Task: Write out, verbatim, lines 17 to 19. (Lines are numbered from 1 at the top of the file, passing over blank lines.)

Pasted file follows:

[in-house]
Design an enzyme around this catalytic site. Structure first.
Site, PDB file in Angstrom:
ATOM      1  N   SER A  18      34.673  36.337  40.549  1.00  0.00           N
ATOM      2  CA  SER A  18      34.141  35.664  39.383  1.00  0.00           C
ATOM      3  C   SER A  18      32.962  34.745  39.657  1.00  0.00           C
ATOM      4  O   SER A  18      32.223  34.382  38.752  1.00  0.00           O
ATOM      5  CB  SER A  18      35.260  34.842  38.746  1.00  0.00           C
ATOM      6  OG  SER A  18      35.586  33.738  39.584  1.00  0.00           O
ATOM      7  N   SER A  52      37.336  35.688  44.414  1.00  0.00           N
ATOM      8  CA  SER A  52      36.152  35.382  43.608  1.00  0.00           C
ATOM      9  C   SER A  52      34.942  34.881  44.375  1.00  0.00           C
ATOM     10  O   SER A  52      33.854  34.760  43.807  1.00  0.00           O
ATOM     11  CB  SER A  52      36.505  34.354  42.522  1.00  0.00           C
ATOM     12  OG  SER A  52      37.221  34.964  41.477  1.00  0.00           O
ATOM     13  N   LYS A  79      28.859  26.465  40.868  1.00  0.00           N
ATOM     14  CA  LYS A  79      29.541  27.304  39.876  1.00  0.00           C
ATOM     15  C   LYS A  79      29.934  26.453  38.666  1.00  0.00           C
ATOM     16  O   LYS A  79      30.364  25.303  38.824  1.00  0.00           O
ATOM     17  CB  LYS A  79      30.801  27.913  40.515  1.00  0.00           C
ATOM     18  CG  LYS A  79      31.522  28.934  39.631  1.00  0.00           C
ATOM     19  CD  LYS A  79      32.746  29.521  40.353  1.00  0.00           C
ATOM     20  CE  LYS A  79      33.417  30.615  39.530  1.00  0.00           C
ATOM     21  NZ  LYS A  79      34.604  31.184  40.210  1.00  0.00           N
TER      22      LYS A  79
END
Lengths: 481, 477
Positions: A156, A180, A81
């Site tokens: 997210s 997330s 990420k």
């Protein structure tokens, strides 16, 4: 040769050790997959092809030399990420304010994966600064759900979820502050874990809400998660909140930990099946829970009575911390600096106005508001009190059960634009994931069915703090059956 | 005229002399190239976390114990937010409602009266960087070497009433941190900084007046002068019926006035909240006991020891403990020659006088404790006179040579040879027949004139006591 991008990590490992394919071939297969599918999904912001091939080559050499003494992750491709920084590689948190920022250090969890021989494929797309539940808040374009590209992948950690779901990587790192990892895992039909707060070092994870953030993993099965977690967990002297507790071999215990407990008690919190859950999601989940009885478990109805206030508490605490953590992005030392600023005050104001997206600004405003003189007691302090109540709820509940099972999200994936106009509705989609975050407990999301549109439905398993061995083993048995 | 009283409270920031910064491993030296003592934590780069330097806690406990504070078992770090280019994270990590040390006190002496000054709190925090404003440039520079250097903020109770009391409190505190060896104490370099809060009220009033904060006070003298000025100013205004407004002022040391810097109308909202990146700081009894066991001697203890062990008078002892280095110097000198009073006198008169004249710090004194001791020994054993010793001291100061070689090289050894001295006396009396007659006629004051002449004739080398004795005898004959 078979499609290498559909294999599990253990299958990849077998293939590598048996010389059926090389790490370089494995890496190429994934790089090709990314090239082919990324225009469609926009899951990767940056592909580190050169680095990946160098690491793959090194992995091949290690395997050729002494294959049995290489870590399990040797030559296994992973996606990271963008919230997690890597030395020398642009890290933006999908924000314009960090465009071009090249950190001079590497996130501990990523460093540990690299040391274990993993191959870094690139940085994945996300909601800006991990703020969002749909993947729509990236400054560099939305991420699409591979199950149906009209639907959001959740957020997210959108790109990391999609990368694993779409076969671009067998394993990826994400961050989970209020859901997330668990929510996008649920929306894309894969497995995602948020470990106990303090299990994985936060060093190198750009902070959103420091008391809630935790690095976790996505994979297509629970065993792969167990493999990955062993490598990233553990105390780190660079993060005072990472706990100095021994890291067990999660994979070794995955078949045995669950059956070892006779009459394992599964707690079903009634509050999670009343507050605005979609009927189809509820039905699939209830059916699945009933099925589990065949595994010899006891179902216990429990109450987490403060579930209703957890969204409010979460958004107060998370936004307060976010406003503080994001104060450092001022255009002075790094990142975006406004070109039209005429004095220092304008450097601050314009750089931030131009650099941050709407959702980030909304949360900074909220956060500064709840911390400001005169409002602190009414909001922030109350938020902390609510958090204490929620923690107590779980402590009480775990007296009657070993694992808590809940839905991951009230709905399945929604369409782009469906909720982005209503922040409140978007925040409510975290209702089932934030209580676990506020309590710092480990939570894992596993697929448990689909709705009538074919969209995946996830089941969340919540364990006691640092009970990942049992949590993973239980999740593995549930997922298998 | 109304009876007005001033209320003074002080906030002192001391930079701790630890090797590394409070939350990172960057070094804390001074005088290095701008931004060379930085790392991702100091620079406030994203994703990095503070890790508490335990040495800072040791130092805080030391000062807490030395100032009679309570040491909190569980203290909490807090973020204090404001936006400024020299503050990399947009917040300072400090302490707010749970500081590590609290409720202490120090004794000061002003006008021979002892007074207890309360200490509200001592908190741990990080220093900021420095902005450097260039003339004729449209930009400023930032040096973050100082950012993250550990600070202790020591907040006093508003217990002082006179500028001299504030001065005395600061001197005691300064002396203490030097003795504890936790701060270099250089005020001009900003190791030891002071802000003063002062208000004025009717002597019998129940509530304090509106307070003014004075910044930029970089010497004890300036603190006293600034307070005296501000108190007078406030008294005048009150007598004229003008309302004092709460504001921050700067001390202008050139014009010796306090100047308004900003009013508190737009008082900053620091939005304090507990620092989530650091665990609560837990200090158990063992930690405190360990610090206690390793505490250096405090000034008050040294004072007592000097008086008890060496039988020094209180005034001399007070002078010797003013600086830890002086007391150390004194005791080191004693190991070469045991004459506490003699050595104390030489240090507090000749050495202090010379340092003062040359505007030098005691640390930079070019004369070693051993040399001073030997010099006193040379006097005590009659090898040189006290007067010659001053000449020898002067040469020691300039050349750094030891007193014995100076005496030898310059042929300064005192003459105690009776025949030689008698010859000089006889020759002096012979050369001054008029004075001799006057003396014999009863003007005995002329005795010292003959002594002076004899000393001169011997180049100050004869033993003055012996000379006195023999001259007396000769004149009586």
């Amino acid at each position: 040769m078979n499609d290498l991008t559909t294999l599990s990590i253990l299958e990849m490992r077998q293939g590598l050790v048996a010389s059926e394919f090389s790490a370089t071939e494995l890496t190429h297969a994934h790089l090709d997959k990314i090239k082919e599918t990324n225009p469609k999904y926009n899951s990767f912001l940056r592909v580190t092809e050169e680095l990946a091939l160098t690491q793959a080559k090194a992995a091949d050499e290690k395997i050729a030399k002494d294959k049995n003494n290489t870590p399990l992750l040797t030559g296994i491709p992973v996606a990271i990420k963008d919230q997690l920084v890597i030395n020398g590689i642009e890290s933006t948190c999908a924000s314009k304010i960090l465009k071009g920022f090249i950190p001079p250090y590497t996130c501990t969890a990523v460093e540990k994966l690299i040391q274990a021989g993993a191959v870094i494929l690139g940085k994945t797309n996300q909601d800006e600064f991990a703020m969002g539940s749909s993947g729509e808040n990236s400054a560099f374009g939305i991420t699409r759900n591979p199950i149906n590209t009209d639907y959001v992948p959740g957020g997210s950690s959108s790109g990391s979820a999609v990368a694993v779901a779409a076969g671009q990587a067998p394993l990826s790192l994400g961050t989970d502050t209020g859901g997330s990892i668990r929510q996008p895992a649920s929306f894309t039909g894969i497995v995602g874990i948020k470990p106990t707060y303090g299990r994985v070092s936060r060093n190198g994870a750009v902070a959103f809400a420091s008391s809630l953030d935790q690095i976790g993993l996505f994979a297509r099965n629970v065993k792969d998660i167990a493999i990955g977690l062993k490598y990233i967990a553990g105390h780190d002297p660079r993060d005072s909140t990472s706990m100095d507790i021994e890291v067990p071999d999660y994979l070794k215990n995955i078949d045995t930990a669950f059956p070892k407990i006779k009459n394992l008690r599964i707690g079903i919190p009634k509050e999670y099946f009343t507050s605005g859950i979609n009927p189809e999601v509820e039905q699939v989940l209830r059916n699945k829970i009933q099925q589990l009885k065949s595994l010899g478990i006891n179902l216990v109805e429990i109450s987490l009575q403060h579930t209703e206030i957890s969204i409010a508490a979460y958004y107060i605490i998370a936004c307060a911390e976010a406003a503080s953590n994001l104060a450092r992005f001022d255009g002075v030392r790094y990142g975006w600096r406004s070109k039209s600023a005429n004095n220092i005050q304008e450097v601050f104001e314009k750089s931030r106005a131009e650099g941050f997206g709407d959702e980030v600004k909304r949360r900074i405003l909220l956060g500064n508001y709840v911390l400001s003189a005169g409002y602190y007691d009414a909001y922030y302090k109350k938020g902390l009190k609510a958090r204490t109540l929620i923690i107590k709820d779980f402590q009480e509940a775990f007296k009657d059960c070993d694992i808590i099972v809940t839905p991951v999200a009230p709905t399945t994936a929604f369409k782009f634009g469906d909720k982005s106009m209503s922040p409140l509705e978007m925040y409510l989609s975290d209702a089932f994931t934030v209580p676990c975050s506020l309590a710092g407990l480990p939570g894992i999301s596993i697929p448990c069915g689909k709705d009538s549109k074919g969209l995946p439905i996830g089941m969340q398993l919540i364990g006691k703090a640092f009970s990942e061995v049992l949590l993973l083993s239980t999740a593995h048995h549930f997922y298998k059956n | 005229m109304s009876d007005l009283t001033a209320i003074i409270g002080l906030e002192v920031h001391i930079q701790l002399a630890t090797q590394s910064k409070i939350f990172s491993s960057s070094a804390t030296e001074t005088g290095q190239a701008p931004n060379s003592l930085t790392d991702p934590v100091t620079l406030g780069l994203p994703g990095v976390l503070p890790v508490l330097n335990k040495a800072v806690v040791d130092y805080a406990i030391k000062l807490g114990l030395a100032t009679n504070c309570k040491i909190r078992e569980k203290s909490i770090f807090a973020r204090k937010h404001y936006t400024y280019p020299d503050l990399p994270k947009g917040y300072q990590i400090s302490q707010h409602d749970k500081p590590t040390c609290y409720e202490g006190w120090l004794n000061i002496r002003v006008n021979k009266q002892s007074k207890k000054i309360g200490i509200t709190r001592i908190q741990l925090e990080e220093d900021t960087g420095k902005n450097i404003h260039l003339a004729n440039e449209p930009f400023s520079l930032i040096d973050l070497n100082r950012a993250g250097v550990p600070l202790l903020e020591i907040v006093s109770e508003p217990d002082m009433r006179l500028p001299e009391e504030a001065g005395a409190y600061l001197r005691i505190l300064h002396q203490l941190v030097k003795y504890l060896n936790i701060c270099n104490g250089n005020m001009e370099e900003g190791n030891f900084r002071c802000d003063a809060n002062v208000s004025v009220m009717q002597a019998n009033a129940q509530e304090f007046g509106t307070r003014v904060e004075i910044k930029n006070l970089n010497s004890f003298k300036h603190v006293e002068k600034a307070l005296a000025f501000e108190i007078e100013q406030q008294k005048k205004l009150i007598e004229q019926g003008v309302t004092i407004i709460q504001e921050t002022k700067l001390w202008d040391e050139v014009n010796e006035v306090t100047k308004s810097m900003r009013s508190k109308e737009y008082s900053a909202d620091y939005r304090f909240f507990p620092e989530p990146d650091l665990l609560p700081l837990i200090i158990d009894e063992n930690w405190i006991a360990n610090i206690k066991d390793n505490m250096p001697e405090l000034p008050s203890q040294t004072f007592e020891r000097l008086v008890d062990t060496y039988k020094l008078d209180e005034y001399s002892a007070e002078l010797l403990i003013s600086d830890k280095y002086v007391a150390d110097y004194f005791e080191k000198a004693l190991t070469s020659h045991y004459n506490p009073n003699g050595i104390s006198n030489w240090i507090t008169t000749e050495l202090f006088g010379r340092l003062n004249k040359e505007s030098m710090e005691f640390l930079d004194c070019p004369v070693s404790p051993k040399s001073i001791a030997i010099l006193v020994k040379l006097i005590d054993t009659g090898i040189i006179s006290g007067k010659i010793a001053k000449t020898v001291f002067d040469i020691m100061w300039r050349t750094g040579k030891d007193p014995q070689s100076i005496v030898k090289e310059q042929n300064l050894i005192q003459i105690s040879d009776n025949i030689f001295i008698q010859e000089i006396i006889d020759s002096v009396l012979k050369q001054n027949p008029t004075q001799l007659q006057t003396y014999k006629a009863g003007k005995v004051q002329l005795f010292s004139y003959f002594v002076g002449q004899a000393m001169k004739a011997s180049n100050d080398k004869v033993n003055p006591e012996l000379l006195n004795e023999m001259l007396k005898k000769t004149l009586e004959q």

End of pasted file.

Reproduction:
ATOM     14  CA  LYS A  79      29.541  27.304  39.876  1.00  0.00           C
ATOM     15  C   LYS A  79      29.934  26.453  38.666  1.00  0.00           C
ATOM     16  O   LYS A  79      30.364  25.303  38.824  1.00  0.00           O